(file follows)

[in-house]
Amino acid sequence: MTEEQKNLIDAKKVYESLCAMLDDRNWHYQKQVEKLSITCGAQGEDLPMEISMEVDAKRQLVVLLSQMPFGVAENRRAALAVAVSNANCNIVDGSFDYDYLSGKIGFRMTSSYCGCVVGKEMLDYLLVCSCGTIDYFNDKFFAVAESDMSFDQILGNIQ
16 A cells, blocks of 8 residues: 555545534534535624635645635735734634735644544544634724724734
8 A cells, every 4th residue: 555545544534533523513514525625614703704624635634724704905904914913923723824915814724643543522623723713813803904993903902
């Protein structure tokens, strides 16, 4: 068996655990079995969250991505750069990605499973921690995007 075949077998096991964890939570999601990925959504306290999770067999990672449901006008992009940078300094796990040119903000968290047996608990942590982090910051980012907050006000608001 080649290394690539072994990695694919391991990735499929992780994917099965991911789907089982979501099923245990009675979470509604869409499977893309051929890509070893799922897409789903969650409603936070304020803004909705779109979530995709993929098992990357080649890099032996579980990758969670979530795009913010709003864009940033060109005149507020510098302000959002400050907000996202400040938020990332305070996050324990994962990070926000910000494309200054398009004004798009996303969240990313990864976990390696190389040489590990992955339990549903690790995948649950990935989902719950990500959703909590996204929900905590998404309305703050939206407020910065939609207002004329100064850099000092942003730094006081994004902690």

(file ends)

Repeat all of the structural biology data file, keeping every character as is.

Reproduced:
[in-house]
Amino acid sequence: MTEEQKNLIDAKKVYESLCAMLDDRNWHYQKQVEKLSITCGAQGEDLPMEISMEVDAKRQLVVLLSQMPFGVAENRRAALAVAVSNANCNIVDGSFDYDYLSGKIGFRMTSSYCGCVVGKEMLDYLLVCSCGTIDYFNDKFFAVAESDMSFDQILGNIQ
16 A cells, blocks of 8 residues: 555545534534535624635645635735734634735644544544634724724734
8 A cells, every 4th residue: 555545544534533523513514525625614703704624635634724704905904914913923723824915814724643543522623723713813803904993903902
């Protein structure tokens, strides 16, 4: 068996655990079995969250991505750069990605499973921690995007 075949077998096991964890939570999601990925959504306290999770067999990672449901006008992009940078300094796990040119903000968290047996608990942590982090910051980012907050006000608001 080649290394690539072994990695694919391991990735499929992780994917099965991911789907089982979501099923245990009675979470509604869409499977893309051929890509070893799922897409789903969650409603936070304020803004909705779109979530995709993929098992990357080649890099032996579980990758969670979530795009913010709003864009940033060109005149507020510098302000959002400050907000996202400040938020990332305070996050324990994962990070926000910000494309200054398009004004798009996303969240990313990864976990390696190389040489590990992955339990549903690790995948649950990935989902719950990500959703909590996204929900905590998404309305703050939206407020910065939609207002004329100064850099000092942003730094006081994004902690």